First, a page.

Dropping in at a local watering hole on a comedy open mic night can be a dicey proposition. If you're just trying to catch up with friends over a few rounds of cheap drinks and appetizers, encountering hordes of spotlight-thirsty comedians can seem like an unwelcome ambush. If you like a shot of schadenfreude along with your domestic draft, though, open mics can offer some of the wackiest free entertainment in town. From the intoxicating whiff of inspiration that comes from a smart new joke taking shape to the drunken chaos often on display in the crowd, these nights can offer an ideal escape for the irony-addled weekday drinker.
Still, all open mics are not created equal, which is why we do our sporadic Open Mic Check. This edition looks at Ripen Comedy Night, which takes place at 9:30 p.m. every Thursday at Stoney's Bar and Grill, 1111 Lincoln Street.
Stoney's occupies a massive space at the corner of Lincoln Street and East 11th Avenue The open mic is smartly contained to a single room so that the bar's other customers have plenty of areas where they can drink, nosh and chat without disrupting the performance. The open-mic room itself has an invitingly woodsy vibe, almost like the mess hall at a summer camp, and the stage is well lit and centrally located. Seating is plentiful; so are tables. (Strangers are almost always more likely to take a chance on sitting in the front row of an amateur comedy show if they have somewhere to set their drinks.) Service from the bar at the back of the room is usually prompt and always unobtrusive, making Stoney's an uncommonly ideal setting for Ripen Comedy Night.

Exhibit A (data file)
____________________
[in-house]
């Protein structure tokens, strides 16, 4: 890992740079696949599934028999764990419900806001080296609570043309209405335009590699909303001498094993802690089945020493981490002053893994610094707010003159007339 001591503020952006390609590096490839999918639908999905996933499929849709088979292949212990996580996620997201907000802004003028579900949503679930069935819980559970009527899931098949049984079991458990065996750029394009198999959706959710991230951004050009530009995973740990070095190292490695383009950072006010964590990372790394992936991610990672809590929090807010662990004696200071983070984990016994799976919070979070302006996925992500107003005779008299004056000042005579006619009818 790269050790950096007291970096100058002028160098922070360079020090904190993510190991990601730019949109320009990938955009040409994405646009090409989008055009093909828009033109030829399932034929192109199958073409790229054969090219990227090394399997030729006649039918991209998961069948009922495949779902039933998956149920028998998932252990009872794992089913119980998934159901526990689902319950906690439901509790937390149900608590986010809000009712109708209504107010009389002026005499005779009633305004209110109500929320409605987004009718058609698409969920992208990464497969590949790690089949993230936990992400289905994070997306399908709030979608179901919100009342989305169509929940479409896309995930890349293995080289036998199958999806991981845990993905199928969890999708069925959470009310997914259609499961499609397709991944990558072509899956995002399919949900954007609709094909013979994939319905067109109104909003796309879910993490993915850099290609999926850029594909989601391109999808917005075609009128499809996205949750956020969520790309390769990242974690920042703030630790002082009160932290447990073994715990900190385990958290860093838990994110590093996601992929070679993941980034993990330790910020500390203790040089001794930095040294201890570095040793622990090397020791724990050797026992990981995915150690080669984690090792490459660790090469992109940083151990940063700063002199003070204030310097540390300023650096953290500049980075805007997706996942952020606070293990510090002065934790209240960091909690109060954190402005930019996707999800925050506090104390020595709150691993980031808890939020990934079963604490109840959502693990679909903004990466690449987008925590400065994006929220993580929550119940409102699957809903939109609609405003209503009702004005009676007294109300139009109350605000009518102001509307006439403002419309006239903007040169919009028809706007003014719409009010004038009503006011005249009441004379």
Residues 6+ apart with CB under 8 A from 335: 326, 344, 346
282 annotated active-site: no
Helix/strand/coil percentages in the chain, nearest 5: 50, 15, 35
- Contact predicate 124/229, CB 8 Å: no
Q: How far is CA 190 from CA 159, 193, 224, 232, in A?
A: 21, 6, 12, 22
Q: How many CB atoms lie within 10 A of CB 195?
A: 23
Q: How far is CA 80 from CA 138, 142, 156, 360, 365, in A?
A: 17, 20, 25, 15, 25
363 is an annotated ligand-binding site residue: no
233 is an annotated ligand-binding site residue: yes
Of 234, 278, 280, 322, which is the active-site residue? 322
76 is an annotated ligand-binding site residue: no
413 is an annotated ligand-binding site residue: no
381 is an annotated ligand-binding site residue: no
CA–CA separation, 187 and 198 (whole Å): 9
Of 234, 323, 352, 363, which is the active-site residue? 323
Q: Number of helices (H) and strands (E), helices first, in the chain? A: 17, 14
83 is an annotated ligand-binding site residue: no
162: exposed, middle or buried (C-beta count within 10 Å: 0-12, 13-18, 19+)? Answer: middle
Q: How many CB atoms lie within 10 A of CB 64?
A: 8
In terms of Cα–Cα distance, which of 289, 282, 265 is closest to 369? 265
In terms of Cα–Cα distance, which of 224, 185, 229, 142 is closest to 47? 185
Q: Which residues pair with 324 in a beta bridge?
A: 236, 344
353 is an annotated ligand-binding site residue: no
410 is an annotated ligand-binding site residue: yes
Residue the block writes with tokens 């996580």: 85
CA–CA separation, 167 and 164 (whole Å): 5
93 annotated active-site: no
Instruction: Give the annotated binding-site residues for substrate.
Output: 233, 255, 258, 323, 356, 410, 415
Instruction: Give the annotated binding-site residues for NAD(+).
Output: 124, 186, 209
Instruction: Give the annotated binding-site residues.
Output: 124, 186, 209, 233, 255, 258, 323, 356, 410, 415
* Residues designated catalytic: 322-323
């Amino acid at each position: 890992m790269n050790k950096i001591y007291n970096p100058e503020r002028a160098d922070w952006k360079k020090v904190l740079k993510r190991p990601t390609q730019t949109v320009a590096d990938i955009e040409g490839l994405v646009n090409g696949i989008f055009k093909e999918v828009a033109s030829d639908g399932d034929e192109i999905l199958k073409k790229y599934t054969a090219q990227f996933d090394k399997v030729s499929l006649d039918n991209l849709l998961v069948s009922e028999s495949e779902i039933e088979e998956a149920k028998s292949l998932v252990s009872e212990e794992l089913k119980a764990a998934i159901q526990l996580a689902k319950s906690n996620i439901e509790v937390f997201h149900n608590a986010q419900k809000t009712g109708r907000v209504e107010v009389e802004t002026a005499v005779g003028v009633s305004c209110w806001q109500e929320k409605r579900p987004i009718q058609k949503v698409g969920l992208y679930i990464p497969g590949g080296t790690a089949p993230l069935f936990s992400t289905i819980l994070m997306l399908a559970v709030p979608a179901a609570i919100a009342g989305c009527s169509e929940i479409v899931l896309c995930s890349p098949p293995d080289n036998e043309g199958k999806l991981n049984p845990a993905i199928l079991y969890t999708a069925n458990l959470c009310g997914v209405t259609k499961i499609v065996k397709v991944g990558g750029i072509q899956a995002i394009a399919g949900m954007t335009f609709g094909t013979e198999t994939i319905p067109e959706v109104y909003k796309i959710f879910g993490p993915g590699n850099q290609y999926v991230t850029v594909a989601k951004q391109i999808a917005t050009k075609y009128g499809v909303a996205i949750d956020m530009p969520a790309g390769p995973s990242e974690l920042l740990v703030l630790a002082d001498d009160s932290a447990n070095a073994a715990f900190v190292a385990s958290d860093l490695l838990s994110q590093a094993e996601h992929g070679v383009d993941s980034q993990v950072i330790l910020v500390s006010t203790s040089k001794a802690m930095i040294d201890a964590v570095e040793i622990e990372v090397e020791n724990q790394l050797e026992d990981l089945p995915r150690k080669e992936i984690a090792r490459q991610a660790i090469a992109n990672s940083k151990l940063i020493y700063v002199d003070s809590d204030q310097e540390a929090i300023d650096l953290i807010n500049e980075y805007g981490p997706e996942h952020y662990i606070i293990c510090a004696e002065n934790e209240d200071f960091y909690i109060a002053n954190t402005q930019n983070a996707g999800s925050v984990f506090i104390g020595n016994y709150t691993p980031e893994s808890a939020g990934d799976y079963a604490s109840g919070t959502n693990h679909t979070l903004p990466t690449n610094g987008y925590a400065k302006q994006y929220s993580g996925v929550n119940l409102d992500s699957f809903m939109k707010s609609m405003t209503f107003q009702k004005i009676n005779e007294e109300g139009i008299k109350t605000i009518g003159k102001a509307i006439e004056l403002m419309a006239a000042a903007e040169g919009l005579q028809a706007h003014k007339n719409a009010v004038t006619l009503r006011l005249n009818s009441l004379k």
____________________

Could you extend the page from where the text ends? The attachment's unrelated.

Running an open mic can often feel like providing hospice care to people's dying dreams, so reliable backup is key. Ripen Comedy Night is co-hosted by fellow gingers Meghan DePonceau and Jeremy Pysher, stalwarts of the local scene. Rather than sharing their hosting duties concurrently, Pysher and DePonceau hand off the mic like a baton in a relay race, with DePonceau opening the show and Pysher taking over during the second half. It's a fine strategy that helps to stave off the flagging energy that tends to plague the final minutes of a long show. Both hosts manage to keep the comedy cavalcade running smoothly, leading off their respective segments of the show with gusto while keeping their intros mercifully brief.
Thanks largely to holdovers from a trivia game that precedes the open mic, laughter, applause and more than a few groans flow freely throughout the evening. The presence of a humble but hearty audience of regular people spares everyone on the list from the sense of futility that comes from performing for a room full of fellow comedians: An all-comic crowd is a death knell for any comedy show; few people are stingier with their laughs than those who've heard all of your material before and are anxiously awaiting their own time in the spotlight.
Overall, this evening provides a fertile environment where new jokes can grow. Thanks to Stoney's kindly, indulgent customers along with capable hosting and list-curating by Pysher and DePonceau, Ripen presents the rare open mic that sends everyone involved home with smiles on their faces. On the night I attended, nearly every comic on stage acquitted themselves admirably, but the reliably hilarious and stylistically singular Hannah Jones had one of the funniest and most original sets of the night.
Ripen Comedy Night happens each Thursday night at Stoney's Bar and Grill. Comedian sign-ups begin at 9 p.m., and the show starts at 9:30.